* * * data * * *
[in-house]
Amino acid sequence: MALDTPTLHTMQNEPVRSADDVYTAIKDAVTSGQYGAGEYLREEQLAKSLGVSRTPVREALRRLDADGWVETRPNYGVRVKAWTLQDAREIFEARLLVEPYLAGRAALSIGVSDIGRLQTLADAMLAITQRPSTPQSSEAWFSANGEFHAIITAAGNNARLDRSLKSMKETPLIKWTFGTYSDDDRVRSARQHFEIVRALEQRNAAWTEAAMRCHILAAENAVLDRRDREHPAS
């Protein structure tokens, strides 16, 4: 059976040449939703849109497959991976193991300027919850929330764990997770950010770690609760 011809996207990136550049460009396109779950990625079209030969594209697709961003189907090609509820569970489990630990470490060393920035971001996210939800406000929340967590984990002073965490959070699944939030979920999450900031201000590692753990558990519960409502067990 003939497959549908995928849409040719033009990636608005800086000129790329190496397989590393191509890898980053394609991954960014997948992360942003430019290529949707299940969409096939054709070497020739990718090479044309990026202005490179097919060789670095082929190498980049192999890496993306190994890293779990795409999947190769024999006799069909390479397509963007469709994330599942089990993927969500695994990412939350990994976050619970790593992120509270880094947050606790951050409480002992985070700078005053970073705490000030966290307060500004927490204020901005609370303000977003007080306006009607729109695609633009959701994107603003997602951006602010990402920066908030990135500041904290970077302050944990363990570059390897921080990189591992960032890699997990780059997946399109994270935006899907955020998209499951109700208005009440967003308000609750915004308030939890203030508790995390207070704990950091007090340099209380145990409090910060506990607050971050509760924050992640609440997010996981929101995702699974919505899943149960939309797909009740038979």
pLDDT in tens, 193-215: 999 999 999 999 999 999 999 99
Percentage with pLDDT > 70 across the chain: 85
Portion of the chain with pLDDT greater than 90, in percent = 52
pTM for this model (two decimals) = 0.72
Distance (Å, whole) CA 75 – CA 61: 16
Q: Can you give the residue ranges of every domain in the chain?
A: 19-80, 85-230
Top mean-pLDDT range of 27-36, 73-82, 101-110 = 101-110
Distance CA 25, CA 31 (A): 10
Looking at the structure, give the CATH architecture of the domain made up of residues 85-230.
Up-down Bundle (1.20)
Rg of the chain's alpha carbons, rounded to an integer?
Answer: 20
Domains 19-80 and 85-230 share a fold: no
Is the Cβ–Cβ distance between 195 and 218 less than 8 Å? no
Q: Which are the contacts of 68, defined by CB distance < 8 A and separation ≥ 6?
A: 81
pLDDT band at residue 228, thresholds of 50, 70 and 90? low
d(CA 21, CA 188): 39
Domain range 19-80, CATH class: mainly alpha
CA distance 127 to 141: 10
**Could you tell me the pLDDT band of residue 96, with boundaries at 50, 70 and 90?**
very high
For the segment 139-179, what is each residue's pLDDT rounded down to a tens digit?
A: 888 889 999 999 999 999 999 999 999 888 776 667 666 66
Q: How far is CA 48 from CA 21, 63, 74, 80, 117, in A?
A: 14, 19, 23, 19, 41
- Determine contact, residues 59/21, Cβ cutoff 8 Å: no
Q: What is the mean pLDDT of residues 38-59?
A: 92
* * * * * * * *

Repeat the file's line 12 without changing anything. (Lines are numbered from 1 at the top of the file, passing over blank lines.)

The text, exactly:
Distance CA 25, CA 31 (A): 10